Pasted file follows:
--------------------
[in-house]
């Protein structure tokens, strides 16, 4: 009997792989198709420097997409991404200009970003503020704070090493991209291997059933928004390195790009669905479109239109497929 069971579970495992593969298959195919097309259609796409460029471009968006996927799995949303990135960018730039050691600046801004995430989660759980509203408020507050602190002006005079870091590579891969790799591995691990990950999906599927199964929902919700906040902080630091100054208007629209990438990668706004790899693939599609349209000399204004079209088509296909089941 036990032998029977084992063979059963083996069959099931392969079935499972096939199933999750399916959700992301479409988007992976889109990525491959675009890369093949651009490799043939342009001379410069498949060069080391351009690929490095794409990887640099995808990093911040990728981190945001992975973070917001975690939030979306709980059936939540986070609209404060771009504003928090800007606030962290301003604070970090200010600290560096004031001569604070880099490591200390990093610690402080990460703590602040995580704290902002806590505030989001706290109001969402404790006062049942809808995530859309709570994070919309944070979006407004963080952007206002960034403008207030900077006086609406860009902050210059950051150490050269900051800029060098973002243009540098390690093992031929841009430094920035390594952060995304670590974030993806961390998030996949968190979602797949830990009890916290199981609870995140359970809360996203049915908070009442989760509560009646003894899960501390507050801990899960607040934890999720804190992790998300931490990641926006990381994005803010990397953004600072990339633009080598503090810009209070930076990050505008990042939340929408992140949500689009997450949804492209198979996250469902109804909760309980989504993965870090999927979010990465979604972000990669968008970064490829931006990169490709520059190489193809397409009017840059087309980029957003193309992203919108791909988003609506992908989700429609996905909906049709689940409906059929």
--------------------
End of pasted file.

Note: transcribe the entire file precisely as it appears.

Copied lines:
[in-house]
């Protein structure tokens, strides 16, 4: 009997792989198709420097997409991404200009970003503020704070090493991209291997059933928004390195790009669905479109239109497929 069971579970495992593969298959195919097309259609796409460029471009968006996927799995949303990135960018730039050691600046801004995430989660759980509203408020507050602190002006005079870091590579891969790799591995691990990950999906599927199964929902919700906040902080630091100054208007629209990438990668706004790899693939599609349209000399204004079209088509296909089941 036990032998029977084992063979059963083996069959099931392969079935499972096939199933999750399916959700992301479409988007992976889109990525491959675009890369093949651009490799043939342009001379410069498949060069080391351009690929490095794409990887640099995808990093911040990728981190945001992975973070917001975690939030979306709980059936939540986070609209404060771009504003928090800007606030962290301003604070970090200010600290560096004031001569604070880099490591200390990093610690402080990460703590602040995580704290902002806590505030989001706290109001969402404790006062049942809808995530859309709570994070919309944070979006407004963080952007206002960034403008207030900077006086609406860009902050210059950051150490050269900051800029060098973002243009540098390690093992031929841009430094920035390594952060995304670590974030993806961390998030996949968190979602797949830990009890916290199981609870995140359970809360996203049915908070009442989760509560009646003894899960501390507050801990899960607040934890999720804190992790998300931490990641926006990381994005803010990397953004600072990339633009080598503090810009209070930076990050505008990042939340929408992140949500689009997450949804492209198979996250469902109804909760309980989504993965870090999927979010990465979604972000990669968008970064490829931006990169490709520059190489193809397409009017840059087309980029957003193309992203919108791909988003609506992908989700429609996905909906049709689940409906059929």